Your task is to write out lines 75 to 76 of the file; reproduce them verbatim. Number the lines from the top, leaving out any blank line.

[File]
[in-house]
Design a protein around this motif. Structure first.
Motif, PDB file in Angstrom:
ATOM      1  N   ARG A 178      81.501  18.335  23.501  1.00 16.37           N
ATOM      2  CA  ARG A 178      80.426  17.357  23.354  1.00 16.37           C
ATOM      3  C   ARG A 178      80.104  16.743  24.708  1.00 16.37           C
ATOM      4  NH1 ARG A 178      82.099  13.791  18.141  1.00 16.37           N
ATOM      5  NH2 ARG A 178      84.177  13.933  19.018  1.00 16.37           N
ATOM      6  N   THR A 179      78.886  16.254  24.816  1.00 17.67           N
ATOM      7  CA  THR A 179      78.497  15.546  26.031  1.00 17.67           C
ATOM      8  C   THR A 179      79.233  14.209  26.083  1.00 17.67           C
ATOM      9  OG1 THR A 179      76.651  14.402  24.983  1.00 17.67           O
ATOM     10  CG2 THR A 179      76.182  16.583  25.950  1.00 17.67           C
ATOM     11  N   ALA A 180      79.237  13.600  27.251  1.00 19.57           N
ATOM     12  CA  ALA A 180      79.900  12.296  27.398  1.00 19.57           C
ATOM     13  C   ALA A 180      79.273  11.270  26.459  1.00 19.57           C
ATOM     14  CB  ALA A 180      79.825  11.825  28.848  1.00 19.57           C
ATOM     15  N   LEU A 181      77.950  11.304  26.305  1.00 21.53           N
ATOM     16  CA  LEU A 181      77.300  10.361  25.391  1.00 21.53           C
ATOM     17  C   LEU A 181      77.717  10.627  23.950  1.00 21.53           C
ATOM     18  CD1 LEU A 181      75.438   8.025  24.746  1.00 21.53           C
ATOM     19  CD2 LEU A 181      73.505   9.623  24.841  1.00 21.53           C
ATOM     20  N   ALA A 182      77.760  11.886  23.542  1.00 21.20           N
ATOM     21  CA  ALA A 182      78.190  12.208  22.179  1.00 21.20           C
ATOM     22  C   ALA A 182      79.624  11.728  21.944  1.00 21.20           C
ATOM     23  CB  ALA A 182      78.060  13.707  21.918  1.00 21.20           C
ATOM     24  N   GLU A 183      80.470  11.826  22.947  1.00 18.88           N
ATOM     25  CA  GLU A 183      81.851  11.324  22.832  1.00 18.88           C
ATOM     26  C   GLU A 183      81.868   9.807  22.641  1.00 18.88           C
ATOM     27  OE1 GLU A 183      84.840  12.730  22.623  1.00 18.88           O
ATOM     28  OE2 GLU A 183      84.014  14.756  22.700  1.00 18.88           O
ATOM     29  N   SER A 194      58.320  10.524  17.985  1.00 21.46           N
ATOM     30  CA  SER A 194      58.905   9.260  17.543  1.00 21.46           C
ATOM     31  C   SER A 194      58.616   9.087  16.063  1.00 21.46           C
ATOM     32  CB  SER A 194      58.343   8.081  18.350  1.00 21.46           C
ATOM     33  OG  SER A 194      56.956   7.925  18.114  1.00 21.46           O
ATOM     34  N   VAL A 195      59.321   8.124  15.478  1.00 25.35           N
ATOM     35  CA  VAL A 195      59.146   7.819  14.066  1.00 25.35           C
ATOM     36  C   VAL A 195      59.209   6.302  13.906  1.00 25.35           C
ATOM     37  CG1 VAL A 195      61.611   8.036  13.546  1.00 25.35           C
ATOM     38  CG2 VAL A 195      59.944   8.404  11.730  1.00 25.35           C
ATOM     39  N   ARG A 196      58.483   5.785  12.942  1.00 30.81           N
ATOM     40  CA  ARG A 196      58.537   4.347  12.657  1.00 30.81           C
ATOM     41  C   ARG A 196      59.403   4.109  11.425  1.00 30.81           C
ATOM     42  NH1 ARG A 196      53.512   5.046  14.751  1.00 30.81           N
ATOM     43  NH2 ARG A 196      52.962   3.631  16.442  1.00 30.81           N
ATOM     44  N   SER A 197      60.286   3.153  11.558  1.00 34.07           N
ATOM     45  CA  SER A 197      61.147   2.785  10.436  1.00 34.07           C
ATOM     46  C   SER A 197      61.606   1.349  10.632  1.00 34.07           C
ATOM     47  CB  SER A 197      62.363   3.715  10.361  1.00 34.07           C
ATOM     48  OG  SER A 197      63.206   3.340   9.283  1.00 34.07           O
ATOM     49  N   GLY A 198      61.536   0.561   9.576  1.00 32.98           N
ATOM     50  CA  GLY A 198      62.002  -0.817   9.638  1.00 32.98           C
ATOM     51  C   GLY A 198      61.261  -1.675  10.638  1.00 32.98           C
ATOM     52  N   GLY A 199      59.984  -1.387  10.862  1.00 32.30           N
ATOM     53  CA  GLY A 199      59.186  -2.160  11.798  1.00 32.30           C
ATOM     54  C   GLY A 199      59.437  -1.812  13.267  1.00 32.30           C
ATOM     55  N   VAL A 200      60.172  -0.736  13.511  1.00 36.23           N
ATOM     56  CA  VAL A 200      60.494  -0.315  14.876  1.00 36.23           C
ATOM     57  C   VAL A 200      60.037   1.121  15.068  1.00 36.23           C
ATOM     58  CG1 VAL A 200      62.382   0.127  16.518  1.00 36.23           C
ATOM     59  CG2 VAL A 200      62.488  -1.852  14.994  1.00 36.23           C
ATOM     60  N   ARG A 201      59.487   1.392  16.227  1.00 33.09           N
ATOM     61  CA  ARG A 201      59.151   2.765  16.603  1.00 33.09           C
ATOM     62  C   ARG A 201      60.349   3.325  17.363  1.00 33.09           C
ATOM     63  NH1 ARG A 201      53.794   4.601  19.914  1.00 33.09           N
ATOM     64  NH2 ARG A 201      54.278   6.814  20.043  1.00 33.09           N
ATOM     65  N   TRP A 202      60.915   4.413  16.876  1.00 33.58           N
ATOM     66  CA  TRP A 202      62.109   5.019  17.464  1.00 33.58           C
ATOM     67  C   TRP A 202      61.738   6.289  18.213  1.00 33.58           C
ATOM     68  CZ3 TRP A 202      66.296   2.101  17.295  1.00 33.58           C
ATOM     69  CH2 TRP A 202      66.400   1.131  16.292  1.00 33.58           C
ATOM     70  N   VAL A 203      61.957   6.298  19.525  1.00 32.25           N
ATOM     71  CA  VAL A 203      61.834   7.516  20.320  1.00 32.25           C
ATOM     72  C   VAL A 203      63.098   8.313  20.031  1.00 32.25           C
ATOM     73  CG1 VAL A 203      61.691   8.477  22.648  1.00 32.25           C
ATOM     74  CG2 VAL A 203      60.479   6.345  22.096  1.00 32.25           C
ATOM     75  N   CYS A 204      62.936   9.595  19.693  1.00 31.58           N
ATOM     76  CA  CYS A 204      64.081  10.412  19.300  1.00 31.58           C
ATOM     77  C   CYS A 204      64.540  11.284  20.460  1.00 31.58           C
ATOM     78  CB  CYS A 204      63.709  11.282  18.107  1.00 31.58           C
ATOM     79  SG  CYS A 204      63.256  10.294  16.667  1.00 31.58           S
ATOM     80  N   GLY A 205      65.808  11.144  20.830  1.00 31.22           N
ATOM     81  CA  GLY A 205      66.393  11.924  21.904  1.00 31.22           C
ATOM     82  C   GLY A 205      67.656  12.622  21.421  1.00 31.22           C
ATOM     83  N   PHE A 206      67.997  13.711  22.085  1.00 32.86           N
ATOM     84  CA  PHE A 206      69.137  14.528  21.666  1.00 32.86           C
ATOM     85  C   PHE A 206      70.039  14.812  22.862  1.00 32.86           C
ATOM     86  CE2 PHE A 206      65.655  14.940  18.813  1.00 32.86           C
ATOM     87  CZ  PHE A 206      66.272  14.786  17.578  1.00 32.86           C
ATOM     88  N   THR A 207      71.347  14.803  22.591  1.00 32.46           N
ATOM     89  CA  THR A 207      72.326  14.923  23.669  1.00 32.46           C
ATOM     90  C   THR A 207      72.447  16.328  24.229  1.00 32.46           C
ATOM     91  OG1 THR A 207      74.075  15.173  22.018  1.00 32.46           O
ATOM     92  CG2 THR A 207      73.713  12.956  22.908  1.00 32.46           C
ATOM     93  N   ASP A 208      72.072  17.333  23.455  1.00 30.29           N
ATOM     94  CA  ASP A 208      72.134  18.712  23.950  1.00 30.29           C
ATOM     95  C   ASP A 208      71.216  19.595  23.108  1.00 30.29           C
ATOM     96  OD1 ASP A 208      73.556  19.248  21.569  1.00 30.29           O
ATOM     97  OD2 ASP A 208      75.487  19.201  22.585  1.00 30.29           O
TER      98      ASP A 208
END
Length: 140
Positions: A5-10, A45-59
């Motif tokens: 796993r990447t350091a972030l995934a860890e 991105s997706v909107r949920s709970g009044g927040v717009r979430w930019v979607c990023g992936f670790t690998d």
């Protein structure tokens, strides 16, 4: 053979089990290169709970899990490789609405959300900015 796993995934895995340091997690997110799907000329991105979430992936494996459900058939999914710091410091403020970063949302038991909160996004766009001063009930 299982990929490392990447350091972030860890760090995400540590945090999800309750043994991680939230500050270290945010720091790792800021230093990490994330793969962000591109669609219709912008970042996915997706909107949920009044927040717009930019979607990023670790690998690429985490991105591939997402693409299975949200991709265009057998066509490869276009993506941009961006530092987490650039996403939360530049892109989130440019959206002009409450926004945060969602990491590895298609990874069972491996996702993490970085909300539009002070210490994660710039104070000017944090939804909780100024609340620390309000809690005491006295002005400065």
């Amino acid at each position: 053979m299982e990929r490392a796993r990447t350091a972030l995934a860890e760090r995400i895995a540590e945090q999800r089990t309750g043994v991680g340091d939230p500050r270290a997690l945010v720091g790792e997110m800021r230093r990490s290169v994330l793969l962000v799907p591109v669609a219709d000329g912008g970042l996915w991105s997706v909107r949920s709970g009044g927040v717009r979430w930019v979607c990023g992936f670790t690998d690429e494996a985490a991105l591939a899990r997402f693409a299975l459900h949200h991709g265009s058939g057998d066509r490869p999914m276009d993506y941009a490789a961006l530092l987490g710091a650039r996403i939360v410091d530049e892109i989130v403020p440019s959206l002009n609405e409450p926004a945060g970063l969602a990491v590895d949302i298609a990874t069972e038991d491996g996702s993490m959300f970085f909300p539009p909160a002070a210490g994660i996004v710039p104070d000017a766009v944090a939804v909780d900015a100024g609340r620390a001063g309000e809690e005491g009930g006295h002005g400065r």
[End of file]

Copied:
ATOM     72  C   VAL A 203      63.098   8.313  20.031  1.00 32.25           C
ATOM     73  CG1 VAL A 203      61.691   8.477  22.648  1.00 32.25           C